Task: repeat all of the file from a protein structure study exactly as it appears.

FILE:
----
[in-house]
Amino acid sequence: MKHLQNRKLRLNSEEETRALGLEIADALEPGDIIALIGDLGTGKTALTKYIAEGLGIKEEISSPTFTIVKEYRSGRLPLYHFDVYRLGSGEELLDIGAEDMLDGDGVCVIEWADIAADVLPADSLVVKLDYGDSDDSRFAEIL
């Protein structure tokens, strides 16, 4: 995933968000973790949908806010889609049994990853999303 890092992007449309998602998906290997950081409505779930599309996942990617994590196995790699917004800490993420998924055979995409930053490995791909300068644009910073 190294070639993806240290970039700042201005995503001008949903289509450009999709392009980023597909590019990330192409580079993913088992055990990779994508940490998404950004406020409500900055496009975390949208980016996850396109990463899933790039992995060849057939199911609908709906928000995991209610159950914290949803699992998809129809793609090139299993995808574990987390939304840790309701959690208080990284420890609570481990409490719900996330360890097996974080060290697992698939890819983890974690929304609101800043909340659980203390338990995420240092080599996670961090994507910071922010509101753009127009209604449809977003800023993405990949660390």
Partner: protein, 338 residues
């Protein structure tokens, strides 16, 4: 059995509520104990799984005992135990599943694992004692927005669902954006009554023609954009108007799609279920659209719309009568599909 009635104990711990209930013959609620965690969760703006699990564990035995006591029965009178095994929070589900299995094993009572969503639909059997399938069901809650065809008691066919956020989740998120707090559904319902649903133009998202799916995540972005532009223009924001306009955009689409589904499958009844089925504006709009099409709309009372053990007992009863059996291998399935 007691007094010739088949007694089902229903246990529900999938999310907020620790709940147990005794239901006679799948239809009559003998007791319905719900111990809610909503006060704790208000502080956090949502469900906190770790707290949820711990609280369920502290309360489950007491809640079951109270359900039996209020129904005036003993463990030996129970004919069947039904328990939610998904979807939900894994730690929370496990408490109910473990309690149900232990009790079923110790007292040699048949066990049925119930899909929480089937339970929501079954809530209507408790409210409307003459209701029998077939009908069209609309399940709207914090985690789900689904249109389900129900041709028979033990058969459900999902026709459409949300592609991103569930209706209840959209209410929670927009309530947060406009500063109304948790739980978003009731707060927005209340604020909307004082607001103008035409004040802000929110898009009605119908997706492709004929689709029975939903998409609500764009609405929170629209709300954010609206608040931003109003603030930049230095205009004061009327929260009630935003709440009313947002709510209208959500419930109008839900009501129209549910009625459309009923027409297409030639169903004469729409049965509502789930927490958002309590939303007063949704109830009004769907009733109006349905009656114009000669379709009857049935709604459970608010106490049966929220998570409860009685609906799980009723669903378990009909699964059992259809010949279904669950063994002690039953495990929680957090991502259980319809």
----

[in-house]
Amino acid sequence: MKHLQNRKLRLNSEEETRALGLEIADALEPGDIIALIGDLGTGKTALTKYIAEGLGIKEEISSPTFTIVKEYRSGRLPLYHFDVYRLGSGEELLDIGAEDMLDGDGVCVIEWADIAADVLPADSLVVKLDYGDSDDSRFAEIL
């Protein structure tokens, strides 16, 4: 995933968000973790949908806010889609049994990853999303 890092992007449309998602998906290997950081409505779930599309996942990617994590196995790699917004800490993420998924055979995409930053490995791909300068644009910073 190294070639993806240290970039700042201005995503001008949903289509450009999709392009980023597909590019990330192409580079993913088992055990990779994508940490998404950004406020409500900055496009975390949208980016996850396109990463899933790039992995060849057939199911609908709906928000995991209610159950914290949803699992998809129809793609090139299993995808574990987390939304840790309701959690208080990284420890609570481990409490719900996330360890097996974080060290697992698939890819983890974690929304609101800043909340659980203390338990995420240092080599996670961090994507910071922010509101753009127009209604449809977003800023993405990949660390």
Partner: protein, 338 residues
């Protein structure tokens, strides 16, 4: 059995509520104990799984005992135990599943694992004692927005669902954006009554023609954009108007799609279920659209719309009568599909 009635104990711990209930013959609620965690969760703006699990564990035995006591029965009178095994929070589900299995094993009572969503639909059997399938069901809650065809008691066919956020989740998120707090559904319902649903133009998202799916995540972005532009223009924001306009955009689409589904499958009844089925504006709009099409709309009372053990007992009863059996291998399935 007691007094010739088949007694089902229903246990529900999938999310907020620790709940147990005794239901006679799948239809009559003998007791319905719900111990809610909503006060704790208000502080956090949502469900906190770790707290949820711990609280369920502290309360489950007491809640079951109270359900039996209020129904005036003993463990030996129970004919069947039904328990939610998904979807939900894994730690929370496990408490109910473990309690149900232990009790079923110790007292040699048949066990049925119930899909929480089937339970929501079954809530209507408790409210409307003459209701029998077939009908069209609309399940709207914090985690789900689904249109389900129900041709028979033990058969459900999902026709459409949300592609991103569930209706209840959209209410929670927009309530947060406009500063109304948790739980978003009731707060927005209340604020909307004082607001103008035409004040802000929110898009009605119908997706492709004929689709029975939903998409609500764009609405929170629209709300954010609206608040931003109003603030930049230095205009004061009327929260009630935003709440009313947002709510209208959500419930109008839900009501129209549910009625459309009923027409297409030639169903004469729409049965509502789930927490958002309590939303007063949704109830009004769907009733109006349905009656114009000669379709009857049935709604459970608010106490049966929220998570409860009685609906799980009723669903378990009909699964059992259809010949279904669950063994002690039953495990929680957090991502259980319809």